It was Saturday afternoon when I hopped in my car to run errands. The thermostat in the car told me the temperature was a cool 93 degrees, but the sensation of walking into a sauna told me that the humidity in Atlanta was much higher. As I put my basket of dry cleaning in the car I heard a little girl’s voice call out, “Lemonade! Lemonade for sale!” I looked over my shoulder and at the entrance of the next block were two sisters with a table, a pitcher, and a few plastic cups. The younger of the two girls was clearly in charge of advertising, as she hopped up and down, yelling at passing cars to let them know the sale was on.
I grabbed my wallet and walked over to get a cup of lemonade for the road. “Good afternoon ladies, I would like a glass. How much is it?” I remember how much my lemonade stand used to be, but with inflation, I had already located a $1.00 bill to hand to the little girls.
The oldest sister went directly into her sales pitch, “Our lemonade is fresh squeezed and is 25 cents. We are also donating 25% to the local Humane Society.”
I have to say at that point I was actually shocked. Here were two girls, who the oldest could not have been more than 7 years old, offering me a product of value. The cost of the lemons and sugar that their parents purchased could not have been covered by the meager 25 cents per glass and yet on top of this, these little girls were donating 25% to a charity.
I smiled at the little girl and said, “Oh that’s wonderful. I don’t have any change so I’m going to give you a whole dollar and you can keep the extra money.”
4.5 years into working at my consulting job another change came. My father called to tell me that the family business was having problems. The accounting software just wasn’t cutting it anymore. The company had outgrown the simple software he had purchased years ago and tracking inventory with a piece of paper wasn’t helping either. It was a hard decision, but I ultimately left my consulting job, with its comfy salary, fancy clothes, and Flavia coffee makers to head back to my home town to help the family business.
At that point in time the question “Why?” was asked a lot. So naturally, I thought again about my goals. Once again, in a car ride with my parents, my mom asked “Have you thought anymore about applying for your MBA?” I talked with my parents that evening about a program my friend at the consulting firm had mentioned once and said it sounded pretty interesting. “What school is it with?” Mom asked. “Duke.” I replied. “Well, you’ve always wanted to go there. Why don’t you check it out?”
So that evening when we got home I opened up my computer and searched for “Duke MBA”. There it was. The Cross Continent MBA program. I checked out the essay questions and there it was, the dreaded “Why?” question. This time though there were light bulbs going off. If I had my MBA the task of growing the company from a small start-up to a national and international brand would not be as daunting. If I had a better understanding of the markets in China and India, the two places where our parts are manufactured, I could help ease the dealings with our partners and get a better quality product for our customers. If I understand the markets in Europe, South America, and Middle East, then the potential to market our product overseas would open up. There was one why question answered.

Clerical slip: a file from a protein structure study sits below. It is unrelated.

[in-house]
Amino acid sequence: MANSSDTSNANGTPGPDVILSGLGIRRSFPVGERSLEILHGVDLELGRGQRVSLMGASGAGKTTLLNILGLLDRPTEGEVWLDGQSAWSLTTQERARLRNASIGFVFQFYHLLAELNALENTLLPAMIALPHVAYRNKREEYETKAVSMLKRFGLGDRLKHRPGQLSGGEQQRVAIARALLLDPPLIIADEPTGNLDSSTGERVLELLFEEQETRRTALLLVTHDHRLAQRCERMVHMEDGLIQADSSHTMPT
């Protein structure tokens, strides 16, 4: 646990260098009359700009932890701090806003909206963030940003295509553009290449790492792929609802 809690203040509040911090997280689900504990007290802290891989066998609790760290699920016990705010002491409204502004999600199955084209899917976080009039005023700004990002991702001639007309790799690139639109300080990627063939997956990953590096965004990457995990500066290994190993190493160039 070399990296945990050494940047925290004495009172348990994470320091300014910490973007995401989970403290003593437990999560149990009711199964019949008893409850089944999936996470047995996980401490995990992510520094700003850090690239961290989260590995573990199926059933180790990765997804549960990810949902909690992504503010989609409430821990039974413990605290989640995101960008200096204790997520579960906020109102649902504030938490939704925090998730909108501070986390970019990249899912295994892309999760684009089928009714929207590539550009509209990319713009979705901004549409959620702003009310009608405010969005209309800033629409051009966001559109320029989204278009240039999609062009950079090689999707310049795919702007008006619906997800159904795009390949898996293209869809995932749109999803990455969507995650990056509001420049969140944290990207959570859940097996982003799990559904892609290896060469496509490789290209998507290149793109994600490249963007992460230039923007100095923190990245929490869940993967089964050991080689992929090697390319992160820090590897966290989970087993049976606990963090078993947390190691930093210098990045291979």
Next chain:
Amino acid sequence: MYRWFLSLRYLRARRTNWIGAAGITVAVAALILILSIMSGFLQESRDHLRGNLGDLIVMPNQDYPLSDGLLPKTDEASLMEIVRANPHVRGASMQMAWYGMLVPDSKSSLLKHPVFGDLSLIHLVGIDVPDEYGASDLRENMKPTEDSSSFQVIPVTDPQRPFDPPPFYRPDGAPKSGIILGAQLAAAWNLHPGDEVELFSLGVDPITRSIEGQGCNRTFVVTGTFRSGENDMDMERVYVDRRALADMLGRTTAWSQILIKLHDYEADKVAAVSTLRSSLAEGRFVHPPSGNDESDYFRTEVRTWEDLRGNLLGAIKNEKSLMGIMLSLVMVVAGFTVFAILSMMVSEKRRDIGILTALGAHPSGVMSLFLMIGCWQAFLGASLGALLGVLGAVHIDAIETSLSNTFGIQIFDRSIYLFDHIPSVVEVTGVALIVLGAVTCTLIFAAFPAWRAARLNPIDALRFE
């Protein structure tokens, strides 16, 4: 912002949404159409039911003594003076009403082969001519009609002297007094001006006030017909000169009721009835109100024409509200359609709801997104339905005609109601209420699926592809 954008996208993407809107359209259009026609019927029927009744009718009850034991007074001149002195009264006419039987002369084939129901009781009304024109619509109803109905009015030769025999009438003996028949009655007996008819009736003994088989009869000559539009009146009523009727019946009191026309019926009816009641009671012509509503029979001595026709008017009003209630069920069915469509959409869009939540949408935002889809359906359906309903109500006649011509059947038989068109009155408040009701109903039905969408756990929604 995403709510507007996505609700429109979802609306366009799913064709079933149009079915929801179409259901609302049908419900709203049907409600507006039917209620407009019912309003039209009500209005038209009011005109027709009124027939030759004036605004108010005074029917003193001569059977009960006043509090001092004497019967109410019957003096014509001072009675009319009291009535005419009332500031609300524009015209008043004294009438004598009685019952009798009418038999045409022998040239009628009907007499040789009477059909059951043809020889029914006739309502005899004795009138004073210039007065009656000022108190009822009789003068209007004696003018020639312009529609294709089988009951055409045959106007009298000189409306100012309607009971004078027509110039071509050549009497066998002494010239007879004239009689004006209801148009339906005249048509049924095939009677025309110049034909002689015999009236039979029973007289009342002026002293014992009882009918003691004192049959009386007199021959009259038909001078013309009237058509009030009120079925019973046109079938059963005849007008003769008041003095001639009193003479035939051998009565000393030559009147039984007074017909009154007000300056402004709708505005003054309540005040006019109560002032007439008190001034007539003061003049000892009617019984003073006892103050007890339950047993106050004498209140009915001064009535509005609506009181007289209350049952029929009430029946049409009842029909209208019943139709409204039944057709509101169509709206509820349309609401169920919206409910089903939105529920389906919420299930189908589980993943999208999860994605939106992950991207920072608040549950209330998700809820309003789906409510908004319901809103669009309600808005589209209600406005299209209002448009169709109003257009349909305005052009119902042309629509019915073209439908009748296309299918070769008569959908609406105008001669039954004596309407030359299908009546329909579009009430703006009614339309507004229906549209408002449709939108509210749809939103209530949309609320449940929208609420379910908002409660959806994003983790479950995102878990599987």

Why now? Well that makes sense too. The company is on the verge of growing. If I graduate in 16 months the foundation for the growth will be solid and my MBA could then propel the company to the next level smoothly. If I wait I might miss the opportunity or the company might not make it.
Why Duke? It fits. It’s not just a life long goal, it’s the logical choice. I can keep working and growing the company and my career. The markets I need to get experience with are on each of the trips. The courses discuss the same topics I’ve sat around the dinner table with brain storming with my father about, and they’re going to be taught by the number one faculty. When it clicks it clicks!
After that, the essay wrote itself. The question in the interview was one I was excited to answer. Now, I am looking back at what all started with a conversation in a Wal-Mart parking lot. What a long road it has been, and the journey down this road is just starting.
- May 20th – Get introduced to the CCMBA program.
- May 22nd – Speak with current full time students to understand the CCMBA
- May 25 – Schedule to be interviewed
- June 2nd – Fly back to New York after a month long vacation in Asia (India, Thailand, Indonesia)
- June 3rd – Interview with Duke
- June 8th - Get accepted in CCMBA program!!
- June 16th – First blog on “The Fuqua Experience”
Going by the hectic life standards that I live, it’s been a rather crazy but eventful month. Before the 20th of May I had very little knowledge of the CCMBA, all I knew was that it was an MBA where you get to travel the world. Now, this travel bit I have accomplished through visiting numerous countries, stories about which would not be appropriate to mention here. However, In my mind I’d always pictured the traditional MBA route to be a 2 year “get out of work life” and into “college mode”. And that’s the route that I initially took.